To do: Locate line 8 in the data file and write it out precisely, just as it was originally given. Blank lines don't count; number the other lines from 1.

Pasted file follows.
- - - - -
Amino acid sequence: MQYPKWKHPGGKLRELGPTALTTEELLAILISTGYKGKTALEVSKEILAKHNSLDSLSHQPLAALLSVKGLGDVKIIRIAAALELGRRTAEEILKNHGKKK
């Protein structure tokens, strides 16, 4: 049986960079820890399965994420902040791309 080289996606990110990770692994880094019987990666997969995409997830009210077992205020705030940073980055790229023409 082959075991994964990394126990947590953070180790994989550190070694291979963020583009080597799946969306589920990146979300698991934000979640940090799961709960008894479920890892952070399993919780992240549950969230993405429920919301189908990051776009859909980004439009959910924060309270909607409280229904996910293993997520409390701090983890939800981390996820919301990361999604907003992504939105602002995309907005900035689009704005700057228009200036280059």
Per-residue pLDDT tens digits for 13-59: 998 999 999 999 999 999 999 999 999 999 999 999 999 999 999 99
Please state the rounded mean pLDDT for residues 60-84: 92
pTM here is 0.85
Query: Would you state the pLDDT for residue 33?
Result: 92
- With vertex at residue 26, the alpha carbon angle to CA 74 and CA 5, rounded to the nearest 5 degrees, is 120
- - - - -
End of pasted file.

- With vertex at residue 26, the alpha carbon angle to CA 74 and CA 5, rounded to the nearest 5 degrees, is 120